The lb− embryos display opposite muscle phenotypes. In 57% of hemisegments, we note the absence of muscle fibers at the SBM positions (Fig. 5C) and instead, within segmental borders or around the normal SBM location, we detect some unfused myoblasts (Fig. 5C,I). In the remaining 43% of hemisegments, the muscle fibers lying within or close to the segmental borders display abnormal shapes and insertion sites clearly distinct from those of SBM (Fig. 5I). Similarly, the specification of LaPs is affected in lb− embryos. In 55% of hemisegments, they are absent (Fig. 5L) and, in 38% of hemisegments, we observe only one LaP (not shown) instead of two (Fig. 5J). Surprisingly, alteration of lb activity also affects lb-negative precursors of ventral adult muscles (VaP) (see Table 1), which are duplicated in lb-deficient embryos (Fig. 5L) and absent when lb is ectopically expressed (Fig. 5K). Thus, we speculate that this feature is linked with the lb expression in a mesodermal cell (?) lying close to the VaP (Fig. 5J) and reflect the functions of lb in cell fate specification. Altogether these findings imply that lb is required for the acquisition of specific muscle properties and that the presence or absence of Lb proteins is sufficient to switch a subset of muscle founders between alternative fates.
segmentally repeated pattern of 30 different body wall muscles. Compared with vertebrate myogenesis, it appears much less complex, nevertheless an obvious similarity can be observed: (i) in both invertebrate and vertebrate embryos, somatic muscle primordia are specified as a population of multipotent mesodermal cells, respectively, within segmental units or somites, (ii) these cells become committed to a muscle fate under the influence of evolutionarily conserved intrinsic MyoD-like and MADS-box regulators and extrinsic inductive Wg/Wnts signals (for review see Yun and Wold, 1996) and (iii) in both systems, the Notch/Delta cell-cell signaling pathway mediates lateral inhibition involved in the segregation of muscle progenitors (Corbin et al., 1991; Bate et al., 1993; Lindsell et al., 1995). Extensive conservation of these early steps of the myogenic cascade makes Drosophila a model of choice to address one of the most important and as yet unanswered questions: how distinct characteristics of otherwise similar muscles are determined? Here we investigate the genetic pathways that lead to the diversification of Drosophila larval muscles showing that the identity of one of them is specified by the homeobox genes lbe and lbl.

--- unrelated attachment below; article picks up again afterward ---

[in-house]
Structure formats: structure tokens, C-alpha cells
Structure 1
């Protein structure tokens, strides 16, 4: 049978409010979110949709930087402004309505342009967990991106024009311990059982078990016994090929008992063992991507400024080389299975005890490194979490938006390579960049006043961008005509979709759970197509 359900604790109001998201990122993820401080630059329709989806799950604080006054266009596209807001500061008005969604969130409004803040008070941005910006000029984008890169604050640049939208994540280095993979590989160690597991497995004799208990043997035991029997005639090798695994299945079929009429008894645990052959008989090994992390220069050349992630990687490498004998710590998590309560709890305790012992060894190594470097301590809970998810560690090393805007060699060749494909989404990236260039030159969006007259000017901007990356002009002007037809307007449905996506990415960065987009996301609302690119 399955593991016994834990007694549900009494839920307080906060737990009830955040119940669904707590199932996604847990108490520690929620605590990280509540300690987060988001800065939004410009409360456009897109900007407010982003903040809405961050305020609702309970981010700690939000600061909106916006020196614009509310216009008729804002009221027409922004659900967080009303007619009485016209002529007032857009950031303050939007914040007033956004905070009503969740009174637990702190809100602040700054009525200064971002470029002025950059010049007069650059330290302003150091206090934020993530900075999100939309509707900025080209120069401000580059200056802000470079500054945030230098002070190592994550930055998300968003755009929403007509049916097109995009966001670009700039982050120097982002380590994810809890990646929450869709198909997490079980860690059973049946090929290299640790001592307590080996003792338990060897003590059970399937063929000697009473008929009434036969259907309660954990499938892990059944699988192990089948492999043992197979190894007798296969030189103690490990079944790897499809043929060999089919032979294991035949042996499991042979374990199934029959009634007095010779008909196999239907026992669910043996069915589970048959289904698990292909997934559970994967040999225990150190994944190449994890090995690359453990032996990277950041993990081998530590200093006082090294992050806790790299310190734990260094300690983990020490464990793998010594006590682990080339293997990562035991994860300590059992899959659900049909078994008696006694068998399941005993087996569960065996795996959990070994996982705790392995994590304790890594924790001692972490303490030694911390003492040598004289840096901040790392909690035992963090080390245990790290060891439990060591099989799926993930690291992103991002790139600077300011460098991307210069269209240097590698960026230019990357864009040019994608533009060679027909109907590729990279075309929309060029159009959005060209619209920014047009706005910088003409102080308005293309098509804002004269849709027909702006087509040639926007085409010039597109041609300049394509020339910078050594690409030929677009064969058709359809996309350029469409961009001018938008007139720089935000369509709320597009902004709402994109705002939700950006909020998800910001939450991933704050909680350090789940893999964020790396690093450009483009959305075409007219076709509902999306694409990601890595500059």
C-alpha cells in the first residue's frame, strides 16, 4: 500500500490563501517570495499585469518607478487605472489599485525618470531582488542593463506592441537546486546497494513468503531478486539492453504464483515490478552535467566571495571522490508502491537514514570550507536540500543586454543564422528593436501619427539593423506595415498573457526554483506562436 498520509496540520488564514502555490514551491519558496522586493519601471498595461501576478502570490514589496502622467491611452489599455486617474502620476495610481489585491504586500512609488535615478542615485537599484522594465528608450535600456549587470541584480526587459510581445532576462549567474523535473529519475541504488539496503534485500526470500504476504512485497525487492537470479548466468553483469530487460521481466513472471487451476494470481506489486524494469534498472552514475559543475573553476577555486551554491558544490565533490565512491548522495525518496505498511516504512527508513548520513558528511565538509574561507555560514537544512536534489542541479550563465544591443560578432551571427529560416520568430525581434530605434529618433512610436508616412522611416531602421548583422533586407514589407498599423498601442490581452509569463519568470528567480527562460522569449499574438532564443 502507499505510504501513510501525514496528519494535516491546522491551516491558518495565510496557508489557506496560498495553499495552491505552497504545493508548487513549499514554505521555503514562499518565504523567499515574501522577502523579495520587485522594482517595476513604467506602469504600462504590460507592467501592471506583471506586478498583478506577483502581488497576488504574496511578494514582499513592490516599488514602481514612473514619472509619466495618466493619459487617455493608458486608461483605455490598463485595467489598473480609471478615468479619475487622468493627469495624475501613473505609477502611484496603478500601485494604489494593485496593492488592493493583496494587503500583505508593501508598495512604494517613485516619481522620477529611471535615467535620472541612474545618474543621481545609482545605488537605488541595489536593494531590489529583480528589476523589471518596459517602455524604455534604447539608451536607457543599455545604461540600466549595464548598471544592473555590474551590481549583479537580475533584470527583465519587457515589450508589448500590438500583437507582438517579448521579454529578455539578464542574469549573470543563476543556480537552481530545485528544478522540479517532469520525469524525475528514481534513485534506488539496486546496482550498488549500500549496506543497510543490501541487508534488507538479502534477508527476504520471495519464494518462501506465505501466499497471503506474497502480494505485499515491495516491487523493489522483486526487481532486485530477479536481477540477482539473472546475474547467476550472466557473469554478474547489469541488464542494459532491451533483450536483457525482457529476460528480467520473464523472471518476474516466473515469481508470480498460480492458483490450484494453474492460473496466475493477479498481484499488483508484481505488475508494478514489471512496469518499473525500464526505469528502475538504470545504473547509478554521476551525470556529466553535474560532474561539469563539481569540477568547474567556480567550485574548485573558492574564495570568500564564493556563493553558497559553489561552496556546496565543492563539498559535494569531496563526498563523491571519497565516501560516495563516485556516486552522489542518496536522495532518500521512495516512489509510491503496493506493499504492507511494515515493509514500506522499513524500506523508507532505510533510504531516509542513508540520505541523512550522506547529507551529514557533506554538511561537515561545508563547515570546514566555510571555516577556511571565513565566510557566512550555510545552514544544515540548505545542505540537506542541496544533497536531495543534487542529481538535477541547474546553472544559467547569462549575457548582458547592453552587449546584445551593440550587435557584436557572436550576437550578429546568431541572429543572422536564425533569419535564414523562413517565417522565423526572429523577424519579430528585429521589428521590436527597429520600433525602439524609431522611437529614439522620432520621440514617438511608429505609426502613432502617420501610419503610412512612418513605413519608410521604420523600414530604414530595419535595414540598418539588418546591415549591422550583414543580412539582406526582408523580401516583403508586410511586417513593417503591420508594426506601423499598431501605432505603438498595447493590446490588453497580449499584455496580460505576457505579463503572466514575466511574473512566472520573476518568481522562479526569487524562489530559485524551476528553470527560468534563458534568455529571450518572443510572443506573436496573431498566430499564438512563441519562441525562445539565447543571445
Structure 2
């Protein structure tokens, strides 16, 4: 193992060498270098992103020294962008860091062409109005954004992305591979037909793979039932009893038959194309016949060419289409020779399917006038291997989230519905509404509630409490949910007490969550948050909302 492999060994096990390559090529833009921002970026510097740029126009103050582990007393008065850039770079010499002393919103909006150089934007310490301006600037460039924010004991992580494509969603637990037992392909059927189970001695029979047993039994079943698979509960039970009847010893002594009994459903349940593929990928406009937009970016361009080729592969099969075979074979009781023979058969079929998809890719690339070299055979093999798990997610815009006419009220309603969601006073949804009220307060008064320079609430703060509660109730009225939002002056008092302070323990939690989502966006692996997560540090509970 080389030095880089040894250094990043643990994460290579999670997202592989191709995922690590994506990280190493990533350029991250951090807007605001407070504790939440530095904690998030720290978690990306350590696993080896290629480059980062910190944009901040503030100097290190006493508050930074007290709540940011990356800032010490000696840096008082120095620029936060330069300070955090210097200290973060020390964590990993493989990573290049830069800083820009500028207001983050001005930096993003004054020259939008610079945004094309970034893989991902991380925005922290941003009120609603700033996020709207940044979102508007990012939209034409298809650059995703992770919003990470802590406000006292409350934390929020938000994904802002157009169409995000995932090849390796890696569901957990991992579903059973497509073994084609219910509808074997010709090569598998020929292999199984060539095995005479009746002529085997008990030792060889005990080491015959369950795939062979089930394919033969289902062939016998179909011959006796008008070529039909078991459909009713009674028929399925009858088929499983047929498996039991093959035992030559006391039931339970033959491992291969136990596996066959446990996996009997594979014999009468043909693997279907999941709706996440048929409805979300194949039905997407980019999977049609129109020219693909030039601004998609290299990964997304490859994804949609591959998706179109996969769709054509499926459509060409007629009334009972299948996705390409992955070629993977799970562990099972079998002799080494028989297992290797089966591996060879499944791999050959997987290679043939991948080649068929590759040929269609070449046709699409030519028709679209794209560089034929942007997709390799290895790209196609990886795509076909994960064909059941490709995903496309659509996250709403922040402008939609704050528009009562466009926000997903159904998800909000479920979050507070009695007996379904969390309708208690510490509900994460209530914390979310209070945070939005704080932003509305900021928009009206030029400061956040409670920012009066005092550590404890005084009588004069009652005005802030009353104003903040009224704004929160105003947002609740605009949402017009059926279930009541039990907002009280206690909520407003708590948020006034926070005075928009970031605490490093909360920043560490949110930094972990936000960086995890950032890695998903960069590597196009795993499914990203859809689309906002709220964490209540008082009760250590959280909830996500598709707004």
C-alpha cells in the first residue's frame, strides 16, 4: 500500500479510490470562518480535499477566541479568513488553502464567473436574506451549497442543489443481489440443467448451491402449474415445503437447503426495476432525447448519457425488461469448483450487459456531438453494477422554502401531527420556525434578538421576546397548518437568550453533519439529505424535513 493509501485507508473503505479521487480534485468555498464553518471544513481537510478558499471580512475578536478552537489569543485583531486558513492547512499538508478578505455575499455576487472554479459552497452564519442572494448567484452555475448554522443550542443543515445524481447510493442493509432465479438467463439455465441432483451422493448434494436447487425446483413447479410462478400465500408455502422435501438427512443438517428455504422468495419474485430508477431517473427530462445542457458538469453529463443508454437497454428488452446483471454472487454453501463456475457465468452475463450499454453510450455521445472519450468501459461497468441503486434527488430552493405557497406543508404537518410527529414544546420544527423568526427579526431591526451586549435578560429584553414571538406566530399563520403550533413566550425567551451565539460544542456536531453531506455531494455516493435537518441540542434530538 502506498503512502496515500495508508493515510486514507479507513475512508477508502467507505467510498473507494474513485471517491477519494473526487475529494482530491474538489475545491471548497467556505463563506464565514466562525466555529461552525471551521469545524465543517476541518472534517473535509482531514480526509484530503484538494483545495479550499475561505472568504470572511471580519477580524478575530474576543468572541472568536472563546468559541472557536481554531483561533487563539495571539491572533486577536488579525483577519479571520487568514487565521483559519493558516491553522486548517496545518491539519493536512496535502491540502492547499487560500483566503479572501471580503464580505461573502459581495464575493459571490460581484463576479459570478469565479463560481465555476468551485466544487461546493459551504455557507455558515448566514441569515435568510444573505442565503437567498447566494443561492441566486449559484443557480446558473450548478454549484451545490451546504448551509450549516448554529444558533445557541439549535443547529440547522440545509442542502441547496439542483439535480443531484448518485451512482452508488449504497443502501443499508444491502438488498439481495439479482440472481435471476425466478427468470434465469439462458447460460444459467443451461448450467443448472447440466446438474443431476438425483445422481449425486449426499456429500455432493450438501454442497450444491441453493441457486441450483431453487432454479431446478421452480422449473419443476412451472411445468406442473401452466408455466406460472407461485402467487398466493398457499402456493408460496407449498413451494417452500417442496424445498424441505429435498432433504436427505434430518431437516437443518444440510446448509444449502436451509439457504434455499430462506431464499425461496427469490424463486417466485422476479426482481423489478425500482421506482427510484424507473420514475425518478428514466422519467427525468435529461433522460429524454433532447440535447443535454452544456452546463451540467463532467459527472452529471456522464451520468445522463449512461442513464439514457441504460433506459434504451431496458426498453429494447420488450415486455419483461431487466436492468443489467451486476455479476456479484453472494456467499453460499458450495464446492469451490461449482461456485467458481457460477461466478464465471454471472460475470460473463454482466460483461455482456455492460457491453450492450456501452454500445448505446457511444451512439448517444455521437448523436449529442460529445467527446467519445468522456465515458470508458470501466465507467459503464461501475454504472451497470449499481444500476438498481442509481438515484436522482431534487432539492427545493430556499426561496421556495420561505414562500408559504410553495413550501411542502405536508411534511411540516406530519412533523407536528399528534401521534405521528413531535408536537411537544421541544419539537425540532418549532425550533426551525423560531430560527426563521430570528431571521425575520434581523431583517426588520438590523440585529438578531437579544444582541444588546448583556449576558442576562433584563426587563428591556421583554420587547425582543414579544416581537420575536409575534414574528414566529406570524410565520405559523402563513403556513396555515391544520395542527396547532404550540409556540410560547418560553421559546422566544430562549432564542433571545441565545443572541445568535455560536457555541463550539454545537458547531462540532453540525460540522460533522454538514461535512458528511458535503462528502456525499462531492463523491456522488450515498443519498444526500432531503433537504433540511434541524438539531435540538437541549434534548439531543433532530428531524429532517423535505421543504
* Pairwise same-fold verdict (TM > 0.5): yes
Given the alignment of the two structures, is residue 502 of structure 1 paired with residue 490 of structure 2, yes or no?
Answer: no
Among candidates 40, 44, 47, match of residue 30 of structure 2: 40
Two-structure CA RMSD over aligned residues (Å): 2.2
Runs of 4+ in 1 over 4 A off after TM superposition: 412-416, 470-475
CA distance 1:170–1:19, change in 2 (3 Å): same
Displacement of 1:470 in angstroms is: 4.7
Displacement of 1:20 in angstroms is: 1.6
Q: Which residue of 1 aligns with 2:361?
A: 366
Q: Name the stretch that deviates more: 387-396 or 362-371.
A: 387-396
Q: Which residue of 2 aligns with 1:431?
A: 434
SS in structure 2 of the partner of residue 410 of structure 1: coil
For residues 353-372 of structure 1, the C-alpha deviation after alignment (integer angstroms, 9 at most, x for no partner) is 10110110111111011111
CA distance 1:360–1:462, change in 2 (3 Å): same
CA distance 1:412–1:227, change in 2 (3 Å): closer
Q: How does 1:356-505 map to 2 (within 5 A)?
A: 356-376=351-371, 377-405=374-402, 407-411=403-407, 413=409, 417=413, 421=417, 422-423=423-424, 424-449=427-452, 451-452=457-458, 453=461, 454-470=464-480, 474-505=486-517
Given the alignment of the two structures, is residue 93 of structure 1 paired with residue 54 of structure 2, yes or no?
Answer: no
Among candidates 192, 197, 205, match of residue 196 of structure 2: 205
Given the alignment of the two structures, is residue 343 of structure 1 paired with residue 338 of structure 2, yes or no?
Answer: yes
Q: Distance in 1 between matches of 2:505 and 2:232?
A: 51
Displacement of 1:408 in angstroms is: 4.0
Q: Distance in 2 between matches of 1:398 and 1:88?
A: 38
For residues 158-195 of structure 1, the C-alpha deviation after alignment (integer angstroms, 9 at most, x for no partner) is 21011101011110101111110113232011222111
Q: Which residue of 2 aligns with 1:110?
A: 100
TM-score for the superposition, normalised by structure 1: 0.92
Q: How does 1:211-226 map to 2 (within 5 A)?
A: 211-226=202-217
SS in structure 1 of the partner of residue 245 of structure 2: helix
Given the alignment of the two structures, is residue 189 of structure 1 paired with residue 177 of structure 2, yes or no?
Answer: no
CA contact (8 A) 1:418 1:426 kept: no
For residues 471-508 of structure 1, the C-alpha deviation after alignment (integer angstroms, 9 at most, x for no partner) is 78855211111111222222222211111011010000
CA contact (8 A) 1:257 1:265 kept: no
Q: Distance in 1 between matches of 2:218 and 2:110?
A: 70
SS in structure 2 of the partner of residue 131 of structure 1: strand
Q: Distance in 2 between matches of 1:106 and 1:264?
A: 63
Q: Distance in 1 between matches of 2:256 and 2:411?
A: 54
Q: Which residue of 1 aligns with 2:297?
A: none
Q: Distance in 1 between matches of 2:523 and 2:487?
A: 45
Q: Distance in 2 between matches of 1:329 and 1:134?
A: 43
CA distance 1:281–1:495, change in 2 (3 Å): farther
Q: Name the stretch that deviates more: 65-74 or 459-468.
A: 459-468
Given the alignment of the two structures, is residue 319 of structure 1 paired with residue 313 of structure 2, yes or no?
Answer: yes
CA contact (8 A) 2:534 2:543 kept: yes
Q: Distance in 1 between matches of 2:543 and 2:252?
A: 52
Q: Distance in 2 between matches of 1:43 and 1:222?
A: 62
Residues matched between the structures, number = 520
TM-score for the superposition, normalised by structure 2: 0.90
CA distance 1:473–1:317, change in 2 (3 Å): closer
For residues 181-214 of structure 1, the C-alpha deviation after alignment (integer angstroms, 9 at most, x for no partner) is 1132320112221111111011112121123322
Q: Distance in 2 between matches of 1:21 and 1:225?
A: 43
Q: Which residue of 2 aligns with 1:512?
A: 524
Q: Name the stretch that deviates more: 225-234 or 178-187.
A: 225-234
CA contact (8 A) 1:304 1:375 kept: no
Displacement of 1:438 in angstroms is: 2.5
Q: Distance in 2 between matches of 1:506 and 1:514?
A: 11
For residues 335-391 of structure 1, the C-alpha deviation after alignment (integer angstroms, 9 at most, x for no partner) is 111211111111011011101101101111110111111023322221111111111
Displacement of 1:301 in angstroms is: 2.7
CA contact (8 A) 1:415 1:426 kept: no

Regulation of lb activity during myogenesis
During myogenesis, the lb genes display a highly restricted expression pattern suggesting that they require a precise regulatory apparatus. Indeed, both mesodermal information and inductive signals from the epidermis are involved in the proper regulation of lb activity in myoblast lineages leading to the formation of SBM and LaPs. Initially, tin function is required for activation of promuscular lb expression. However, this tin influence is likely to be indirect and mediated via an unknown factor, since tin expression at this time (5 hours AEL) becomes restricted to the dorsal mesoderm (Azpiazu and Frasch, 1993; Bodmer, 1993) while the lb-positive promuscular cells are located ventrolaterally. The indirect activation of lb by tin seems confirmed by the presence of about 20% of lb-expressing SBM fibers in tin− embryos (see Fig. 4I). Interestingly, tin-dependent lb activation does not occur, in embryos lacking early wg or hh functions, providing further evidence for the role of epidermal signalings in the early events of myogenesis (see also Baker and Schubiger, 1995; Baylies et al., 1995, Ranganayakulu et al., 1996). Our analysis of mutants of neurogenic genes also confirm that the cell-cell interactions that lead to lateral inhibition are indispensable for the segregation of a proper number of SBM muscle progenitors (see also Corbin et al., 1991; Bate et al., 1995).
Particular features of lb-positive progenitor and derived myoblast lineages